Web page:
A MAN who twice nearly died from cancer wants to use his health insurance payout to build a £300,000 rural youth centre.
Simon Harding, who owns Broomheath Plantation in Stapleford, near Tarvin, wants to build a visitors' centre for use by youth groups, scouts and schools.
It would provide youngsters with an outdoor base to camp, play and learn, while surrounded by growing trees and countryside.
Surgeons have saved Mr Harding's life twice - removing a brain tumour in December, 2005, and his cancerous spleen in January, 2004.
He suffered from marginal zone lymphoma. He has now been given the all clear, but doctors have said they do not know whether the cancer will recur.
Mr Harding, who lives with his wife and two children in Northwich, said: 'I want to build a multi-purpose visitors' centre that many local youth groups and schools can take advantage of, something similar to the centre at Delamere Forest.'
He explained that after his second operation he 'bought the field and set about the plan to spend my critical illness insurance that I gained through my job at Choice UK on something worthwhile to the community.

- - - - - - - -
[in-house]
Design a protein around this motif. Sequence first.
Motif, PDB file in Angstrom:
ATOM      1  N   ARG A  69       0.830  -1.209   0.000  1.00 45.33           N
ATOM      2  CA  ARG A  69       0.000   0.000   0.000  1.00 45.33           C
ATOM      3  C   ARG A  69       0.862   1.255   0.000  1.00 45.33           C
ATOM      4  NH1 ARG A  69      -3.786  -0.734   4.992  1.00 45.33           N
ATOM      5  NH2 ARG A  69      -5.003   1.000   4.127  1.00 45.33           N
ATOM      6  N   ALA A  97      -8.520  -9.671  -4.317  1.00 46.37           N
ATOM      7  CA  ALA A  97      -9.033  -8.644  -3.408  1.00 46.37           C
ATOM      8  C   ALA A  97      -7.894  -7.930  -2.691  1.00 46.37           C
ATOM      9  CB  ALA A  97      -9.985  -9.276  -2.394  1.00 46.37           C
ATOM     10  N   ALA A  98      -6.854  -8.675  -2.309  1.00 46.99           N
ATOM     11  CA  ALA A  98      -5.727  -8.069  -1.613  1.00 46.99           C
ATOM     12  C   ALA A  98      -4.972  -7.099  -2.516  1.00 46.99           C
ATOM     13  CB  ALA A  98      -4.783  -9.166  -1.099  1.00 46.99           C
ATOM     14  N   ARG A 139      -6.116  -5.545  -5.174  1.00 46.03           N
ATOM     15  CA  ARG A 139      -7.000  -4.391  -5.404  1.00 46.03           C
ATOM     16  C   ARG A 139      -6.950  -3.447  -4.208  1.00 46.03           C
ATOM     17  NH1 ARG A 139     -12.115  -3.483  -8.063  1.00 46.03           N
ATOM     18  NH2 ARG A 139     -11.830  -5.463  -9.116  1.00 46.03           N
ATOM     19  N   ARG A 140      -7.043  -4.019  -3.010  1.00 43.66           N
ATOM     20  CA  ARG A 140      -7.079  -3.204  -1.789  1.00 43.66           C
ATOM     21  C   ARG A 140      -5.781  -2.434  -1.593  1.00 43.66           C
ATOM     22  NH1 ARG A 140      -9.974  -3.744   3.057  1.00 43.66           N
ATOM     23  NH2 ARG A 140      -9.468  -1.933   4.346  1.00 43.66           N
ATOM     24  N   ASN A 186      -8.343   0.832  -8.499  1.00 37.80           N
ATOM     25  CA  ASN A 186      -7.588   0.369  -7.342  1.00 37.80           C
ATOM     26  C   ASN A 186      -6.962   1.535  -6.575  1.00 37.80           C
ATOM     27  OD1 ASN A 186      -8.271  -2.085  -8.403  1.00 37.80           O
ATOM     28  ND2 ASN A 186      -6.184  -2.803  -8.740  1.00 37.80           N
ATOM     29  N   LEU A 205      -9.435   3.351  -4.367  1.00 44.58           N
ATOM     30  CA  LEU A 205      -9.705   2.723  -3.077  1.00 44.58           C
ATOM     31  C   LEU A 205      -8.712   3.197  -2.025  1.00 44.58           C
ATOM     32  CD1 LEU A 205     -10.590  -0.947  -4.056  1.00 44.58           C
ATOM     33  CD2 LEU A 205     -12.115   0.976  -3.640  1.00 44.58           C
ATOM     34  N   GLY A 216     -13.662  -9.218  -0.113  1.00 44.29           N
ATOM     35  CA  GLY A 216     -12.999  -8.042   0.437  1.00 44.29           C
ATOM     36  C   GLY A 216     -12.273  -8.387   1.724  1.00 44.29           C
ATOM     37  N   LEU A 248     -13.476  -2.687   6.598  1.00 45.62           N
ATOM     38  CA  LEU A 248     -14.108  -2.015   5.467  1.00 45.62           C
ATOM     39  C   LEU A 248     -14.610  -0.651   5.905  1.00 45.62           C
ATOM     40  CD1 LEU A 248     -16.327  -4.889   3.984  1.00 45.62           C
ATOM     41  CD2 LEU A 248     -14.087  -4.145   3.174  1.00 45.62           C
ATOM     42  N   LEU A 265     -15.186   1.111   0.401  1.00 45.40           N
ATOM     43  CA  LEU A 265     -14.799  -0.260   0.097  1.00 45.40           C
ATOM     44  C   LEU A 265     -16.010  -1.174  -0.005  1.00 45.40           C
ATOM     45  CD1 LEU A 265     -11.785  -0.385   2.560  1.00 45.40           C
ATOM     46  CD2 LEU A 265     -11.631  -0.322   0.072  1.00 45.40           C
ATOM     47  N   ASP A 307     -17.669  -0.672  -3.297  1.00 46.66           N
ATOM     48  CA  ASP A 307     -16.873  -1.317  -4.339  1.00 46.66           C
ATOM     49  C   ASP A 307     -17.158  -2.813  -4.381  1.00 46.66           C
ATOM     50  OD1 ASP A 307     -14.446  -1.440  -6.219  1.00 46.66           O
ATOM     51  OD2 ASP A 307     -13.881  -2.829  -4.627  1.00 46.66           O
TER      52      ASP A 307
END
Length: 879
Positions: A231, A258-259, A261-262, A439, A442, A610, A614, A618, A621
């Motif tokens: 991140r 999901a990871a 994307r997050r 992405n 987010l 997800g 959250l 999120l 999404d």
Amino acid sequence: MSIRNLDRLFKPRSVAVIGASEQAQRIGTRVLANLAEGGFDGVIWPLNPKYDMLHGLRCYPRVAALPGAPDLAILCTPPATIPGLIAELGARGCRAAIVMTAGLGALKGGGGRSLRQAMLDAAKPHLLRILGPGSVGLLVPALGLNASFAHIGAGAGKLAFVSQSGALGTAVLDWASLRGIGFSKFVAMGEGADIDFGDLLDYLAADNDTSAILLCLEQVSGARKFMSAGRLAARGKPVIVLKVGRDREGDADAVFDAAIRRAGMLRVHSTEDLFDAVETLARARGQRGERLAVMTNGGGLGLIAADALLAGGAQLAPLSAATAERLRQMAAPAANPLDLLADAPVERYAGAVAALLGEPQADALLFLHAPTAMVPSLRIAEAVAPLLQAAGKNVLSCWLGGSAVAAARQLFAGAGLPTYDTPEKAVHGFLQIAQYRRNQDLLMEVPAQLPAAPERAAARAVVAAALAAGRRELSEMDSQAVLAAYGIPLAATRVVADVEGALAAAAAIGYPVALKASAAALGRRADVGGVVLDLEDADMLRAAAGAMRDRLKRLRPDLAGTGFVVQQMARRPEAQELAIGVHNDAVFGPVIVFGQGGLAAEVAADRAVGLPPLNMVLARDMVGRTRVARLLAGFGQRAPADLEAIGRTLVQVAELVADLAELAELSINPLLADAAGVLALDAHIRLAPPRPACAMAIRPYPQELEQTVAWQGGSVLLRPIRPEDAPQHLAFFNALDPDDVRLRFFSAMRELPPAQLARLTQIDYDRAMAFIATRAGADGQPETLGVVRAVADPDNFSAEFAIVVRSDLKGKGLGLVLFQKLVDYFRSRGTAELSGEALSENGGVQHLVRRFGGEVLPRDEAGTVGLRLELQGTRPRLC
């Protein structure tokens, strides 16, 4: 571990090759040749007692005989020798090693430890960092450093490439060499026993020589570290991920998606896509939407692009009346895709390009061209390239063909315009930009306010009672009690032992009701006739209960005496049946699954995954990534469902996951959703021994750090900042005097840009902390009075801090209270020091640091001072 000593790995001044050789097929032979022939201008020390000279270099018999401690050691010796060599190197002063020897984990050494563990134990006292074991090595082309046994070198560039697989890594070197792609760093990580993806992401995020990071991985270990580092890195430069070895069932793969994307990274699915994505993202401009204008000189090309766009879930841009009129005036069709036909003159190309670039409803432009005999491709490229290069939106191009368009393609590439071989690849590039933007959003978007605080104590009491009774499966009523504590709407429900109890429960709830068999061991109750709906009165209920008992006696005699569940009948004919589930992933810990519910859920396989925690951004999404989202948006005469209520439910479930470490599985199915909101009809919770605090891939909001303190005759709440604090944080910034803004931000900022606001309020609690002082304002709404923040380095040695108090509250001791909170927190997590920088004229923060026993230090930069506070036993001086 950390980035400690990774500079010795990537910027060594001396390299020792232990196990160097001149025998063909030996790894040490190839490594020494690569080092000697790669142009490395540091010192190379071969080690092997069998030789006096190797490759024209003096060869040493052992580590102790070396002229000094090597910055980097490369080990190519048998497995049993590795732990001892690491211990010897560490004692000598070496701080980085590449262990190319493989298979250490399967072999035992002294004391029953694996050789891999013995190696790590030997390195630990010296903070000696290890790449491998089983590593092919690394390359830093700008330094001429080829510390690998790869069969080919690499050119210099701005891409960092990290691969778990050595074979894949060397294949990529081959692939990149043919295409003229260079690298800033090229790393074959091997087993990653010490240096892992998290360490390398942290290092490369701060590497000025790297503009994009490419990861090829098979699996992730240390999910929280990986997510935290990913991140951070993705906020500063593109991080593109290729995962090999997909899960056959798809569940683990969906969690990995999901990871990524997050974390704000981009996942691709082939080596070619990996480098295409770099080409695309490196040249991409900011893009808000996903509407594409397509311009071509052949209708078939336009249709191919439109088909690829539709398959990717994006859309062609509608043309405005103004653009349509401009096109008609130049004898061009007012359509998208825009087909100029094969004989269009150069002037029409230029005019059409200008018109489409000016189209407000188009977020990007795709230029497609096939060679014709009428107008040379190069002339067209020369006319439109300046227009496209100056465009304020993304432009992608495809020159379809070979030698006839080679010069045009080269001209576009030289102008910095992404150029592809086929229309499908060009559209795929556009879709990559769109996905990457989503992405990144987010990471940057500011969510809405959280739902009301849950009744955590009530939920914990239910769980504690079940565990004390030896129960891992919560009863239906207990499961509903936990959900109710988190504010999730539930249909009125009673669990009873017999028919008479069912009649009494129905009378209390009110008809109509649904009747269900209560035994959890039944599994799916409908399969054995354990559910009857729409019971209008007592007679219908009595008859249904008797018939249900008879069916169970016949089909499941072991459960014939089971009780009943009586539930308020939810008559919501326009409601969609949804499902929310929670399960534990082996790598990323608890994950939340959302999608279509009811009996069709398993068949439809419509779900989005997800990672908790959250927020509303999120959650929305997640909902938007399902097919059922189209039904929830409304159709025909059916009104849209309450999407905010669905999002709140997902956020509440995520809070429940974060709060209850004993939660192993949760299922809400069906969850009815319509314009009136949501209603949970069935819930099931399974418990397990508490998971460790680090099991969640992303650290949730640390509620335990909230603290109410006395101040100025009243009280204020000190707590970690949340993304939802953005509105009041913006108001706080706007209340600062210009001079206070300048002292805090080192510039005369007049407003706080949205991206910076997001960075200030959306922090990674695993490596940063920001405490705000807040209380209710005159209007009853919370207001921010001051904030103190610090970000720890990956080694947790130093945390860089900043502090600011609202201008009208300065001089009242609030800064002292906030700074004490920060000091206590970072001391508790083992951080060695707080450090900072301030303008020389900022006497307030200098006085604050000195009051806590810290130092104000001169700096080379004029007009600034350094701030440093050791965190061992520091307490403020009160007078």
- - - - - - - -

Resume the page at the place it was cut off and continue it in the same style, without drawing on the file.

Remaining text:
'This woodland area is so beautiful and it is perfect for young people to enjoy and learn about the outdoors.'
The plantation is Mr Harding's second such project. In 2002 land belonging to his wife's parents was turned into woodland near Rowton Hall Hotel, in memory of his first son, William, who was stillborn in 1999. The area is now named William's Wood.
The plans for Broomheath, which are being submitted to Chester City Council, include a classroom, toilets and changing rooms, storage and a retail area to sell Christmas trees in winter, which are grown on the plantation.
The building will be placed in the centre of the plantation and is only one floor, to reduce the visual impact.
Cheshire Scouts County Commissioner Eddie Johnson said: 'It is a great idea and would be a wonderful local resource.
'The scouts help to plant trees for our centenary at the plantation and loved it, so to have a centre there would be perfect for youngsters.'